My notes from watching the 54-minute documentary “Out of Print,” which examines the past and present and speculates on the future of the written word, are mostly just hastily scribbled questions its subjects ask throughout the film. Here are a few of better, bigger ones:
- “Is the experience of sitting down and reading a whole book disappearing?”
- “Are people no longer learning how to comprehend at depth? How to think?”
- “Does Google have too much power over public information?”
- “Why is media becoming less and less permanent?”
- “Are consumers really benefitted by the sale of new reading technologies like tablets, smart phones, and e-readers?”
- “Do you even learn anything by multitasking?”
- “How do we convey information democratically in the future?”
The answers, according to “Out of Print”:
- Because it’s profitable that way.
- Not as much as the corporations that manufacture, market, and sell these technologies.
- Not really.
- Good question.
It’s a lot to take in in under an hour, but director Vivienne Roumani keeps everything in order, beginning with how comprehension preceded books, codexes, and even scrolls, and eventually winding along to how book sales are doing fine while publishers are struggling. Her film contends that power’s shifted from gatekeepers of information like editors, book publishers, newspapers, and librarians into the hands of those who develop technologies: Amazon, Google, and the like. And while this has helped push the act of reading to an all-time high, comprehension, thoughtful reflection, and complex analysis are at all-time lows.
Her access and diversity of sourcing in particular are impressive. Amazon CEO Jeff Bezos sits down to talk, and his thoughts are often juxtaposed against those of Scott Turow, a professional fiction writer and the president of the Author’s Guild who points out his industry’s problems with a population that wants information but doesn’t want to pay for it. We hear from journalist Jeffrey Toobin, professors of history, elementary, middle school, and high school teachers, the director of the Harvard Library, bookstore owners and Ray Bradbury. The crowd I was with (in the Ronald J. Norick Downtown Library) gasped and sighed when an interviewed teenager described an expedition for information at a library as “one of the hardest experiences of my life.”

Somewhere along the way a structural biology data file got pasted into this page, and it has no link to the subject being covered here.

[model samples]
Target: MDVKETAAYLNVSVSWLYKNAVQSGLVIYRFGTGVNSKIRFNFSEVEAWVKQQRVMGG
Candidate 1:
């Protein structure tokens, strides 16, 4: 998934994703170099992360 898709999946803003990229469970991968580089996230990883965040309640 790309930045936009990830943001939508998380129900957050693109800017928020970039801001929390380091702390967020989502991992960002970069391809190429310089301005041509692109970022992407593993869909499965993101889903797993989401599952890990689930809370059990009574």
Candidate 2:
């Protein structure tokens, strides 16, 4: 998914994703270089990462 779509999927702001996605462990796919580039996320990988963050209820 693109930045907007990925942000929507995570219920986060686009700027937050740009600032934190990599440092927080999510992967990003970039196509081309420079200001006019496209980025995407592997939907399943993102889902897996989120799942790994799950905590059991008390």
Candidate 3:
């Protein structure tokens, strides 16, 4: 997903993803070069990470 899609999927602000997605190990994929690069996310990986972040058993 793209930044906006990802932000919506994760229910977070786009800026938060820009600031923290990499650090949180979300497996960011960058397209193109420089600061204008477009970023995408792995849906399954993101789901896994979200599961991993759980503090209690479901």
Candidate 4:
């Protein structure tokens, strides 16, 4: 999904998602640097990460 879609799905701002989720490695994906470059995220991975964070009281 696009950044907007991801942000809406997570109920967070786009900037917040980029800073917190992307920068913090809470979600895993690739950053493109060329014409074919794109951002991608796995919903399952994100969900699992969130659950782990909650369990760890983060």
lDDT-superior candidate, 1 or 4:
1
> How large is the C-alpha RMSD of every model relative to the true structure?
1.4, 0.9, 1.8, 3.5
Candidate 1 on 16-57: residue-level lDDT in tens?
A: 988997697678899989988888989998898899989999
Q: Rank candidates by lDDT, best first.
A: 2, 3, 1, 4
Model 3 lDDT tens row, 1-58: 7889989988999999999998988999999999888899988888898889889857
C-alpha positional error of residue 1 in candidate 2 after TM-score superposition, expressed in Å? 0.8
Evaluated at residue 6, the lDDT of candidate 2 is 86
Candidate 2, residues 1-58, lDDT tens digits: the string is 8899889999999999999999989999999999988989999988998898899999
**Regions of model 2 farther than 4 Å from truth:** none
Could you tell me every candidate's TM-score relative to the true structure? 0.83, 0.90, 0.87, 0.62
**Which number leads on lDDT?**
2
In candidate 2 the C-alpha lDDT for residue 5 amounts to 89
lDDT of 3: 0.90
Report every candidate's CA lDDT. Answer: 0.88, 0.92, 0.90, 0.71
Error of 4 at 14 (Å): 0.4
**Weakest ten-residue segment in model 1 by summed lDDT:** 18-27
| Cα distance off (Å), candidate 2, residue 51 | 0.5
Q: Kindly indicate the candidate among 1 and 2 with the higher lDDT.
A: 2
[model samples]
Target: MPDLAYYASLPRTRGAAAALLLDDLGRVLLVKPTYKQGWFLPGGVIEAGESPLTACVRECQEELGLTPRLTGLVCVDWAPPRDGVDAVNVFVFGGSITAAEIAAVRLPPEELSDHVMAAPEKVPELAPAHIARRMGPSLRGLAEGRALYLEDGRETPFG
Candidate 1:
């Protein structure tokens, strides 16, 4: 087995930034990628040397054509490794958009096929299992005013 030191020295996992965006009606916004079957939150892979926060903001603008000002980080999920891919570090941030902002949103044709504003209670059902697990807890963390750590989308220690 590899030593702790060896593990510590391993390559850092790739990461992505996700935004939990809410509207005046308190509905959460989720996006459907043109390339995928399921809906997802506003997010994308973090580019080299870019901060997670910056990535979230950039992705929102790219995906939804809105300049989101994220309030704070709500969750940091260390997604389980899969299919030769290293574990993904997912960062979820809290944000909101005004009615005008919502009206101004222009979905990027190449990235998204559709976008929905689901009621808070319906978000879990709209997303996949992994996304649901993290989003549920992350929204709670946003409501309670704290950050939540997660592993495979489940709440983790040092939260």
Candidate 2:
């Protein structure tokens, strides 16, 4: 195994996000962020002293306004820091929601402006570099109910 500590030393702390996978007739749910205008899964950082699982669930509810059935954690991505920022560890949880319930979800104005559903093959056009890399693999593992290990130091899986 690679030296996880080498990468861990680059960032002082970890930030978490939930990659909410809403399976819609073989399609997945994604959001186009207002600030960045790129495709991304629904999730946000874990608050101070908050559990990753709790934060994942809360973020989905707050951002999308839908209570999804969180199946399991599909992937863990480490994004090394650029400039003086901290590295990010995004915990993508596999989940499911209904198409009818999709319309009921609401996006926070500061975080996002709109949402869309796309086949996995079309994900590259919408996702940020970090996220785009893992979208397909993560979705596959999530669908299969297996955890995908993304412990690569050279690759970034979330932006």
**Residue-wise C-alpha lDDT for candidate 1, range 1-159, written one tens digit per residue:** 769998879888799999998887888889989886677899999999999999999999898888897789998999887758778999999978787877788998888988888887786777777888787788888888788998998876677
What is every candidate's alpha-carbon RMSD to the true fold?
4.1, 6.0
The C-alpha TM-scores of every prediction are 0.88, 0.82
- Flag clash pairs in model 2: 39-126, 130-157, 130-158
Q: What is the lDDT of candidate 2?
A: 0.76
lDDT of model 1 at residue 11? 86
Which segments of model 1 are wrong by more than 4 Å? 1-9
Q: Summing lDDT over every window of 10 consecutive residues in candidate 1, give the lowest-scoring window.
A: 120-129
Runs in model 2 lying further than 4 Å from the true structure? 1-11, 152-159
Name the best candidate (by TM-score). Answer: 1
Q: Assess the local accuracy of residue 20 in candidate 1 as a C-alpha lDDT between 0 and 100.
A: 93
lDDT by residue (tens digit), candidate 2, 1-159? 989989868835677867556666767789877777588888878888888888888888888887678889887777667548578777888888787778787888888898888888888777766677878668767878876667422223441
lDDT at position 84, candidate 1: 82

Hey young people: I know that part makes it sound like “Out of Print”‘s just a bunch of old-man hectoring about how you’re terrible for using Twitter and reading blogs but it isn’t. The alarming statistics included here cover old people too. ”I don’t care that people read books,” says Toobin. “I care that they read.” Which is to say that he cares that people really comprehend and think critically.
Meryl Streep does a great NPR host with her narration and Roumani steers it away from a too-easy woe-is-me ending, emphasizing the importance of education and the value of the work done by parents and teachers. “Out of Print” will inform and make you think twice about whether you’re outsourcing too much of your critical thinking to technology all at once. Wait is that multitasking? Crud. – carney